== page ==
Harold Strachan's Last Word

Muti. Taking the bait


Sonny, said I, hoozit man? I haven’t seen you since ’07, remember the beach at Umzumbi? And that bloody big simonfish we had to divide between us and we couldn’t decide how?

Of course that salmon was not a salmon at all, but a Natal Salmon which is a Kabeljou, Kob for short, but that’s a Dutch codfish, and it isn’t really that either. Ah well, Simon will do for now until the ichthyologists find a nice local name for it. I reckon Rietbul as at Knysna sounds best, but you know how chauvinistic we KZN people are.

Anyway, there had been Sonny and I standing on the beach and debating about this fish, 20kg, a big bliksem that I had caught but he had a half-claim on because I had used one of his shad as live bait. That’s the tradition, see: if you haven’t been lucky with the shad you can borrow a nice little 1kg one from your mate and carefully thread your hook through its skin and gently launch it as live bait on your heavy rod and let it swim out to the white water where the simonfishes lurk about. That’s where the 50/50 deal came in. His 1kg investment of shad had brought in 1,000% profit of simonfish. But how to divide it? If we split it fore and aft, one of us would get the head which some deem tastiest, so we did it east to west and the head was traded for the best steaks down the tail end. Sonny had first choice, and he chose the head.

So here we are now in the Cracker Jack Tackle Shack, Prop. Poobie Lal, down King Dinizulu Road, Durbs, and I’m asking about Sonny’s condition. Sonny, say I, you are the living picture of robust health. No-o-o, no-o-o, says he, chrinking veins I got. Chrinking, chrinking, small, small, and he shows me the diameter of his shrinking veins between forefinger and thumb.

Hey bad luck, Sonny, man! say I, but they can fix that today with a sort of little blow-up balloon thing which name I forget just now. A long thin balloon on a long thin plastic tube, they sort of shove it inside a vein and expand the balloon then pull it out and your vein stays expanded. Just for an awful moment I thought you meant your veins were getting shorter. Yes, yes, says he, they getting shorter also, and he shows how short between his two forefingers, as anglers show the length of a fish they have caught. My arms and legs too long for my veins now, says he, every time I walk my legs stretch my veins, that’s why they getting so narrow. Like elastic? say I. Like elastic, says he. That’s why he has to walk with his knees bent now, says Sonny. And his elbows.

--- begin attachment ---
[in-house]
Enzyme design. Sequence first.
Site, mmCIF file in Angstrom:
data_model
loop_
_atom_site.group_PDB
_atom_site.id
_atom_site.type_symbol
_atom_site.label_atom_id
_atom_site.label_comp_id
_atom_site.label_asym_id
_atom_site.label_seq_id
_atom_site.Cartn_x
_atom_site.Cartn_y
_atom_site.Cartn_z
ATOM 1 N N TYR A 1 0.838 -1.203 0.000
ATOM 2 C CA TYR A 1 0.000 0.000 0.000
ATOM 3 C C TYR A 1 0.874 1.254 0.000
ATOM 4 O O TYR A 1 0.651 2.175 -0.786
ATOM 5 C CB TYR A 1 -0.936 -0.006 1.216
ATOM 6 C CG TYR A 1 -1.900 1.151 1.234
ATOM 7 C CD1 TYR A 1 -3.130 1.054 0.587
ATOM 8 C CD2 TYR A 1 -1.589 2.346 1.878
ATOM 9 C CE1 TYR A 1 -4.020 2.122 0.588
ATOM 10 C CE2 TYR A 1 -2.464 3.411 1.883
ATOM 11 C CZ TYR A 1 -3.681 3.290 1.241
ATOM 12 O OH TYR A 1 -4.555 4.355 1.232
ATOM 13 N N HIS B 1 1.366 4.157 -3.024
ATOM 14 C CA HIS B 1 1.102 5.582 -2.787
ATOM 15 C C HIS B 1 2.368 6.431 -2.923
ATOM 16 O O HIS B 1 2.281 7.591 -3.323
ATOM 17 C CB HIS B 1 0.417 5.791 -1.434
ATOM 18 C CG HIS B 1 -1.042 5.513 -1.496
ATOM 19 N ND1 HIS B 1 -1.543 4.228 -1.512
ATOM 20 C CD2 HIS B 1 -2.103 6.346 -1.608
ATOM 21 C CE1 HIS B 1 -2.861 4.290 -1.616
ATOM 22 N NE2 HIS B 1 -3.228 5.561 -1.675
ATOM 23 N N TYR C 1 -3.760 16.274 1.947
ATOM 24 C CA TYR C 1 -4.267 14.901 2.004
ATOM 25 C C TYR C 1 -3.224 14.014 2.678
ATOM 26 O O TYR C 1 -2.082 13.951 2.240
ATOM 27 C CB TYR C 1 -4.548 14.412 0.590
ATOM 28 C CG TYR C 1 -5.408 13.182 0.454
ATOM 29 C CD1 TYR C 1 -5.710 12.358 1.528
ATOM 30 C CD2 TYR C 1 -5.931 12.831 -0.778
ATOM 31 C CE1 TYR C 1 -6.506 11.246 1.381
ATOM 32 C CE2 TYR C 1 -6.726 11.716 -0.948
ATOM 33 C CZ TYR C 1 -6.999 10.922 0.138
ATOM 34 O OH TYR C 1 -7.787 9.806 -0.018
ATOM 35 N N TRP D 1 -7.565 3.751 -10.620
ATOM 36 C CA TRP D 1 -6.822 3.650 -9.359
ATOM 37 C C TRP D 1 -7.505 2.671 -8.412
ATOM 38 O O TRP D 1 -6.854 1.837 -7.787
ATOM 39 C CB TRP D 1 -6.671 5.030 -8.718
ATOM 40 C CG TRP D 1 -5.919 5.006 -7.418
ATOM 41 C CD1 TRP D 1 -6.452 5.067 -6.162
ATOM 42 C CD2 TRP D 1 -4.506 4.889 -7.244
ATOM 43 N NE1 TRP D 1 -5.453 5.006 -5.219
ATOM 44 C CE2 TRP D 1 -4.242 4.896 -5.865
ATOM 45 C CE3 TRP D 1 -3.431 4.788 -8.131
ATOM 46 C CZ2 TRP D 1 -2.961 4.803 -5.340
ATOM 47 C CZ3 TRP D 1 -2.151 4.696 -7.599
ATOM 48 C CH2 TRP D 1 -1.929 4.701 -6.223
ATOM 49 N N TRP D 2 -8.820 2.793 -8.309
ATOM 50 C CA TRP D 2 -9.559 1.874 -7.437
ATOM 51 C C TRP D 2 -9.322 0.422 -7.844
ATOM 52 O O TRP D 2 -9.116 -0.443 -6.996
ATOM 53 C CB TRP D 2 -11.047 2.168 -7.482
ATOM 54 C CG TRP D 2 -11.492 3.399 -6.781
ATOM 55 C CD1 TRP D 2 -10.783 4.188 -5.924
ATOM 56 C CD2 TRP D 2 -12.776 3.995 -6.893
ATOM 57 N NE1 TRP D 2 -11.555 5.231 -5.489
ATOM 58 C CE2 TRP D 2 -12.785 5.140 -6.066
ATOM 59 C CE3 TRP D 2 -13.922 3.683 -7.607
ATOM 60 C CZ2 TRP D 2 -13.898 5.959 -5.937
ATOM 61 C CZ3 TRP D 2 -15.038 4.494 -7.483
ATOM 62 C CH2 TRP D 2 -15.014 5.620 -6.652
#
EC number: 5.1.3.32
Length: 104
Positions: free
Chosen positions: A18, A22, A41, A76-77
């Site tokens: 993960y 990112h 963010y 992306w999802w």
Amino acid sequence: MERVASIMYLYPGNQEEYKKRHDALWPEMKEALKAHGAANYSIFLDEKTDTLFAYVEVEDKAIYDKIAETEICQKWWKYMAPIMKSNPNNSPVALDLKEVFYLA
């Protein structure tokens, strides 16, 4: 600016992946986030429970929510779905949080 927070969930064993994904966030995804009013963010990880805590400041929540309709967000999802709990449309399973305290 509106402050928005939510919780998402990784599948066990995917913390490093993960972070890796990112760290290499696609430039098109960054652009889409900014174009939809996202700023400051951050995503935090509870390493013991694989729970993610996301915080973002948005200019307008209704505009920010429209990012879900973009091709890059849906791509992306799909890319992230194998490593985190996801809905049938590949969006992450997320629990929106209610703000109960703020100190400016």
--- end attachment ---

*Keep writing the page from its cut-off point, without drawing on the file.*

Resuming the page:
Hell, Sonny, say I, that’s bloody awful, man! Have you seen your doc, and what did he say? No-o-o, says Sonny, he says I got… and he fumbles in his pocket and produces a piece of paper… this thing I got, man. There is written phlebotractitis. Blimey, think I, ’twould be a happier world if all doctors had the humour of this guy. Did he give you any muti for this condition? say I. Oh yes yes, says he, very powerful pills, make my veins get long same time, twice a day with food. He produces a plastic tub of powerful pills. If they’re not vitamin B dog pills you can bite me. This is not to sneer; I remember in the Air Force the favoured treatment for Sunday babelas was Bob Martin Condition Pills for Dogs, two with corn flakes for breakfast plus a cup of tea.

Sonny, say I, what you need is to get down to Rocket Hut beach this Sunday morning where you and I will catch another simonfish. Walking on the sand will fix your condition. No-o-o, says he, I get one very terrible pain in my left-hand-side foot on the beach. Oh let’s just try, say I, we’ll take my folding camp chair and you can fish sitting down.

So on Sunday he limps on to the beach with his legs and arms bent and settles into the canvas chair with his big surf rod all ready and this time I get the dinky little shad and lace her on to his line and launch her in the shallows, and she hardly reaches the white water when there’s a sudden relentless dragging like a bloody u-boat, man, the sure sign of a simonfish. Sonny goes all aquiver till the bait is right inside its gob and strikes this fish so hard it straightens out all his veins and limbs there and then and his left-hand-side foot is instantly cured. He spends twenty minutes battling this beast up and down the beach, leaning heavily back on the rod, the tight line whist-

ling in the wind. When its ashore, we weigh it. 20kg, exactly.

Very powerful pills, says Sonny.

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